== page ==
Over the years I’ve learned that there are only two people from whom one can reasonably expect a phone call at 3 o’clock in the morning. One of them is the coroner. The other is my old ’60s sidekick, Sapper.
Forever lost in the Age of Aquarius after ingesting some unidentified herbs near Bolinas in 1968, Sapper wakes up bright and early at about 1:30 a.m. every morning and energetically begins telephoning acquaintances at random to let them know he’s rarin’ to go.
Once you’ve listened to one of Sapper’s endless schemes to better the world, improve the environment or mitigate his German shepherd’s body odor, a call from the coroner clearly seems like the lesser of two evils.
Last Thursday was no exception. I knew I shouldn’t pick up the bedside telephone when it began ringing at 3:30 a.m., but I was drawn to it like a moth to a flame.
“Wake up, bro! How’s things down there in the great smog karma basin? Probably lousy – but you already knew that, right? Choking down there with the teemin’ hordes an’ the gridlock an’ rats an’ stuff…” Sapper began cheerily from the shadowy depths of his Eugene, Ore., crash pad.
Sure, I could have dropped the phone, but I was hooked. I had to know where Sapper’s train of thought was headed after the smog and karma and rats and stuff.
“Not that things are much better around here ever since Ken Kesey up and died on us. The ol’ Merry Prankster’s gone and the whole damned town’s been flatlined ever since. We’ve gotta do something soon or we’ll all turn into lawn furniture or something…” he mused.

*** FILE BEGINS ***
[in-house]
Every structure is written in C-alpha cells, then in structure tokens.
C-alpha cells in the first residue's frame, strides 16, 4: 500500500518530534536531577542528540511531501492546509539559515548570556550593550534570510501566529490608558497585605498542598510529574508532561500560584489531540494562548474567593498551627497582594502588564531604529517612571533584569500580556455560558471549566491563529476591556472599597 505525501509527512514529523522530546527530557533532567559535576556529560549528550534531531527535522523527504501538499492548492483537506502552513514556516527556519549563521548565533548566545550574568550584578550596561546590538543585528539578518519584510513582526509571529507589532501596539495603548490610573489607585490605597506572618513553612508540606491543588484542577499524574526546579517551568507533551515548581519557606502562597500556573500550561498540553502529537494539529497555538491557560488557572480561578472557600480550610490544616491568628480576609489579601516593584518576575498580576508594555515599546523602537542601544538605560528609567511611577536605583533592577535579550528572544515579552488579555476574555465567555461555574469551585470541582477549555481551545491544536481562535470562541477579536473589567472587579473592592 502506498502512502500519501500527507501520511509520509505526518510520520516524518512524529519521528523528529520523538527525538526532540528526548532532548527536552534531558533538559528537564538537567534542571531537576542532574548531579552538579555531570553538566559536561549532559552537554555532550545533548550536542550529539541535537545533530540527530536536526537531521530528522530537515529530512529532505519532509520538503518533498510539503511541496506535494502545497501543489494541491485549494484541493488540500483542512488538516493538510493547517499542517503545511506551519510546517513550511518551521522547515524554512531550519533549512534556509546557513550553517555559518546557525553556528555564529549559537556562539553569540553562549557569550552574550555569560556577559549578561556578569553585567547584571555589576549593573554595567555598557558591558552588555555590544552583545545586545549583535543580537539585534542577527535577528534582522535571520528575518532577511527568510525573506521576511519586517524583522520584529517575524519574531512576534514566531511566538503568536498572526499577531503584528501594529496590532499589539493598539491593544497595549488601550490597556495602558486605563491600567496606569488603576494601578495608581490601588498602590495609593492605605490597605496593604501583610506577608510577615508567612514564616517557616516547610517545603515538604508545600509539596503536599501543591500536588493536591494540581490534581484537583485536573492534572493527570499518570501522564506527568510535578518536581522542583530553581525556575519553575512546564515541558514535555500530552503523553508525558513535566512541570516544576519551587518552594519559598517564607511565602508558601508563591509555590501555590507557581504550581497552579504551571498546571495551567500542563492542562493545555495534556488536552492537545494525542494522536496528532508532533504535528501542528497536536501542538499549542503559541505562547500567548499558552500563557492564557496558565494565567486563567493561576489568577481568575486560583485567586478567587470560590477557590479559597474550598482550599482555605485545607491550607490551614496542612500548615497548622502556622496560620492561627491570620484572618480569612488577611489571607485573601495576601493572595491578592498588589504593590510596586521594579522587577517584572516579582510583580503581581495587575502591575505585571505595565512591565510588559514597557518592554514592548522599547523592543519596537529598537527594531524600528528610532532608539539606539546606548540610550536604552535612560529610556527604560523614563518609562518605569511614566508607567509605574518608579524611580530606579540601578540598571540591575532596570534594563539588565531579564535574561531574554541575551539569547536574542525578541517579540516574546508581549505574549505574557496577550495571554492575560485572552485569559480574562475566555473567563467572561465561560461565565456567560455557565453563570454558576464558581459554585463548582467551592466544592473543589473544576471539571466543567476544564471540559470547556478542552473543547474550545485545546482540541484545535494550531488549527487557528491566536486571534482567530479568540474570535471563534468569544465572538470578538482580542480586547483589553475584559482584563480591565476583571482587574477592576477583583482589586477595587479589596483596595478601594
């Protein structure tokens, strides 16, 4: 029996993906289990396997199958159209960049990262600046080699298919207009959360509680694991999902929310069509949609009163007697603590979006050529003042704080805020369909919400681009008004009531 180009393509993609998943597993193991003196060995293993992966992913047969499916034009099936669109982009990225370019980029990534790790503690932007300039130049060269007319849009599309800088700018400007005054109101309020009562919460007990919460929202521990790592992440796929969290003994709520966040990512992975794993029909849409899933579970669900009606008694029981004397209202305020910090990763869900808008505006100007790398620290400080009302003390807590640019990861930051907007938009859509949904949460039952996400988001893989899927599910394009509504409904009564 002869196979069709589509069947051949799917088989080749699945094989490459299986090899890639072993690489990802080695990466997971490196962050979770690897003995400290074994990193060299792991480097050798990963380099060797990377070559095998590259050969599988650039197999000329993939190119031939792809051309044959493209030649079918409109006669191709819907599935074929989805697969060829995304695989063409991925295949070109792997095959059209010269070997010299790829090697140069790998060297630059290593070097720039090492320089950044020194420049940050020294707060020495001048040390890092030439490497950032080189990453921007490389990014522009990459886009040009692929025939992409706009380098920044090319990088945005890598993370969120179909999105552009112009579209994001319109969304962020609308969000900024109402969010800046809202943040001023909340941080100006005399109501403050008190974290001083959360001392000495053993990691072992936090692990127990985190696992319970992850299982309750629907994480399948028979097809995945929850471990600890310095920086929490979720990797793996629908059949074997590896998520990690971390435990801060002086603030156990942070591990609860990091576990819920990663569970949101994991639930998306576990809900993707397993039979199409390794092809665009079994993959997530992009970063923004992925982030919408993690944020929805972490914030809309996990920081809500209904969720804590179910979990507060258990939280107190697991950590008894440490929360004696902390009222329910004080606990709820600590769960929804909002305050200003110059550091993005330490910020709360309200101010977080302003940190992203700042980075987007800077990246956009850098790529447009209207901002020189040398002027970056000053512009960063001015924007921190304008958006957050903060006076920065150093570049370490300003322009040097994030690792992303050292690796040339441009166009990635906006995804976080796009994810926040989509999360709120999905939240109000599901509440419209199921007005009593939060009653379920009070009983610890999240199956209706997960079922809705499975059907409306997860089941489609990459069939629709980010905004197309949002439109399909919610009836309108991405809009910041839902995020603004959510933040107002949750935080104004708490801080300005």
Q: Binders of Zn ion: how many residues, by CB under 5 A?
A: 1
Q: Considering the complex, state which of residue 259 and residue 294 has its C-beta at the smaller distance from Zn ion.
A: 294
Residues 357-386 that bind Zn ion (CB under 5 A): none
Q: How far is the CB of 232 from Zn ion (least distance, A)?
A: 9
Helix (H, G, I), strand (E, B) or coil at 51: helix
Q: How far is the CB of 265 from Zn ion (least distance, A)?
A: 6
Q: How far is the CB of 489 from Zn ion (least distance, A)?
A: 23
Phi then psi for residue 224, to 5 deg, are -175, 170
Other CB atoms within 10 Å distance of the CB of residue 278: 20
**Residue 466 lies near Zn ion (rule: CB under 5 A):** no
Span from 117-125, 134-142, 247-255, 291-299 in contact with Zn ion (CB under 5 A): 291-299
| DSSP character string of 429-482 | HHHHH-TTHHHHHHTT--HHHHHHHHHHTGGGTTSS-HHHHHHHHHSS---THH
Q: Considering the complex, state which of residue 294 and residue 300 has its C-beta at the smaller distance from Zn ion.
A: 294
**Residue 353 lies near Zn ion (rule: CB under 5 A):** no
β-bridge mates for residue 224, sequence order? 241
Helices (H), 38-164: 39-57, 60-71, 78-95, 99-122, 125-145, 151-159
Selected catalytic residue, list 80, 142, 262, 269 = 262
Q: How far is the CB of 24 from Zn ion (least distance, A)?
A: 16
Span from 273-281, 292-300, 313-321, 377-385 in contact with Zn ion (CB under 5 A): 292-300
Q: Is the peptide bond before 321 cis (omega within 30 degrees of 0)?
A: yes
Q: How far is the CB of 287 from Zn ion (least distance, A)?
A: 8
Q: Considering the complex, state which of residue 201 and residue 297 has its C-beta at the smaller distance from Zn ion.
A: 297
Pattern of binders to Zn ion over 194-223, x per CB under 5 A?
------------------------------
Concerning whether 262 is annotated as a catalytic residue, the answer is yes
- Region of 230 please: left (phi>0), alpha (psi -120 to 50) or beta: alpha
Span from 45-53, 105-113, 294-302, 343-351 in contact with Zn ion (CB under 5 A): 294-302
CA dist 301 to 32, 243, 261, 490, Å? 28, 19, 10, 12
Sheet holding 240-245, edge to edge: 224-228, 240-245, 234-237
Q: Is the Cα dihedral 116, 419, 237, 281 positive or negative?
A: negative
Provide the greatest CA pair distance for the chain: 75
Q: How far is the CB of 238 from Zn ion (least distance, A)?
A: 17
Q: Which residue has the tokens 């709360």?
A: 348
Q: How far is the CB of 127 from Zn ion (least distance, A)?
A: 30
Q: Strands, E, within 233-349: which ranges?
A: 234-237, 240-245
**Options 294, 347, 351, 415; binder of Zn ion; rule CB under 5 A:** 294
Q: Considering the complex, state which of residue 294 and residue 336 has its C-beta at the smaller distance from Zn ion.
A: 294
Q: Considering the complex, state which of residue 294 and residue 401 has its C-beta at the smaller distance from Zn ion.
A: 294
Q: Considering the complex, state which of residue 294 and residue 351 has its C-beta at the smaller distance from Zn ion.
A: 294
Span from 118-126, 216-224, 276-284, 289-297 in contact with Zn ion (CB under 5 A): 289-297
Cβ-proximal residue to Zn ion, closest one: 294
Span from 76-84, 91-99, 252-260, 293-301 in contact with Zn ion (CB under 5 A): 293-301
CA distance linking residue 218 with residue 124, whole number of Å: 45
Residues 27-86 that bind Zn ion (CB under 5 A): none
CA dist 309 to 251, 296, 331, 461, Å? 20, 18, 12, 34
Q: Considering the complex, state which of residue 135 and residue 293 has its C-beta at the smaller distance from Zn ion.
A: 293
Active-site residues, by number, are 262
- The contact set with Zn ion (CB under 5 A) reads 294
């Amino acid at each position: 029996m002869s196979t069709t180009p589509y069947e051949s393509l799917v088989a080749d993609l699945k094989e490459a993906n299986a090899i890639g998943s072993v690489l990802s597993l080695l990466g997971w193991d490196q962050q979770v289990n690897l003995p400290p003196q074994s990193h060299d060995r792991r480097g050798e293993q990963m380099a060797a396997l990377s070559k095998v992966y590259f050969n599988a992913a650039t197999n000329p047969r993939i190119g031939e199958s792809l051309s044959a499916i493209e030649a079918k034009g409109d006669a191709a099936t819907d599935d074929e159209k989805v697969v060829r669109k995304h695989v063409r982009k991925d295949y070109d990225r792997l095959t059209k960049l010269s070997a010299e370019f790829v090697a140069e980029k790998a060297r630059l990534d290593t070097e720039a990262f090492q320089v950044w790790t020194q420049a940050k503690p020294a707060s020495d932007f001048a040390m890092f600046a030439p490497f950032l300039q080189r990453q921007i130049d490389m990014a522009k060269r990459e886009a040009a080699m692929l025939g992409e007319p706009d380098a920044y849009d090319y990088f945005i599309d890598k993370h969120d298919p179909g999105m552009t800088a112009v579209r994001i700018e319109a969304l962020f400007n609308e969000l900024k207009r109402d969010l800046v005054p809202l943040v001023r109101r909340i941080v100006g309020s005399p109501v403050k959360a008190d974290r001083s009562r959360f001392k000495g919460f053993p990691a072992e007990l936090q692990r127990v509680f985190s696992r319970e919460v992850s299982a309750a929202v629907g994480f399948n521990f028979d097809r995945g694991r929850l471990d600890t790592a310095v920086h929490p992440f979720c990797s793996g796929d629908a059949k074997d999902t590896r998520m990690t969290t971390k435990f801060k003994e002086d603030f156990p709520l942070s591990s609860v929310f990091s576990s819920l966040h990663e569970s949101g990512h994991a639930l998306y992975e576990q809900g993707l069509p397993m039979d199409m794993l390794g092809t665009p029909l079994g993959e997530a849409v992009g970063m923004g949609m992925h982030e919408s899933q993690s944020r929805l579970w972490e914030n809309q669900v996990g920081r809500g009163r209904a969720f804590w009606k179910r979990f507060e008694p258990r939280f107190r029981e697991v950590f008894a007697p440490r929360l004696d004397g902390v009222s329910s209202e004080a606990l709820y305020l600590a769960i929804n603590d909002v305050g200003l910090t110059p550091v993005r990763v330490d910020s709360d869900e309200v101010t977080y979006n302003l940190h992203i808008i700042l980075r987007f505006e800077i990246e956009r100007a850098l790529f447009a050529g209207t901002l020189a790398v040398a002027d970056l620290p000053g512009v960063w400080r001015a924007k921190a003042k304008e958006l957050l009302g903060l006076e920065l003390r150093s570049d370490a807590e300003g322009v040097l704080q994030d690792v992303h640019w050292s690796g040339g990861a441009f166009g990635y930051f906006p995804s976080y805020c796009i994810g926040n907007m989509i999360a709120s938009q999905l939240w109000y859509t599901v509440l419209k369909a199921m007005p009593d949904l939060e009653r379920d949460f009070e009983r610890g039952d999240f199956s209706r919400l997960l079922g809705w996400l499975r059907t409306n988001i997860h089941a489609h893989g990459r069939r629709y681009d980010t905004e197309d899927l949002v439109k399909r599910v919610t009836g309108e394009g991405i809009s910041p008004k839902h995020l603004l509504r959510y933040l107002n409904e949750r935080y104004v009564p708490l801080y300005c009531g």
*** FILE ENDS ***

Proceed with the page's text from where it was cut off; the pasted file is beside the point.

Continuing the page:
Fortunately, Sapper had a solution for the community’s doldrums in the wake of the famed counter-culture author’s untimely demise.
Unfortunately, I stayed on the phone to listen to it.
“I think I can save the sorry spirit of Eugene, bro, but I’ll need your help and we’ll have to act fast.”
“It came to me while I was havin’ some dental surgery yesterday. Ya see, my gums are gonna be bleedin’ for a few days an’ I got a big bottle of Demerol to fight the pain and existential angst and stuff,” Sapper continued. “On the way back from the drug store, I bought a couple of those, like, jester hats – you know, with the little bells? An’ right then I knew we could save the town.”
Bleeding gums, Demerol, little bells?
“Catch the first flight up here, we’ll gobble a mess of the Demerol, put on the jester hats and take to the streets. It’ll be great. I can, like, spit blood through my teeth and say ‘Bwaaaaah!’ to scare the Republicans an’ you can stumble around all goofy-like and fall over stuff and say ‘Hee-hee-hee!’ like you used to,” Sapper enthused. “We’ll go to the golf course, we’ll go to the Moose Lodge, we’ll go to bowling alley an’ we’ll have a hot time in the ol’ town tonight, buddy boy. Ol’ Ken’ll be up there in the cosmos cheerin’ us on – so go get that plane ticket!”
As hard as it may be to believe, I’ve decided to postpone my trip to the hinterlands of central Oregon until Sapper recovers at least part of his equilibrium. On a more positive note, though, I’ve learned many valuable lessons from his call. For example, I’m now fairly certain why my dentist never prescribes Demerol for a toothache…
Originally published February 10, 2002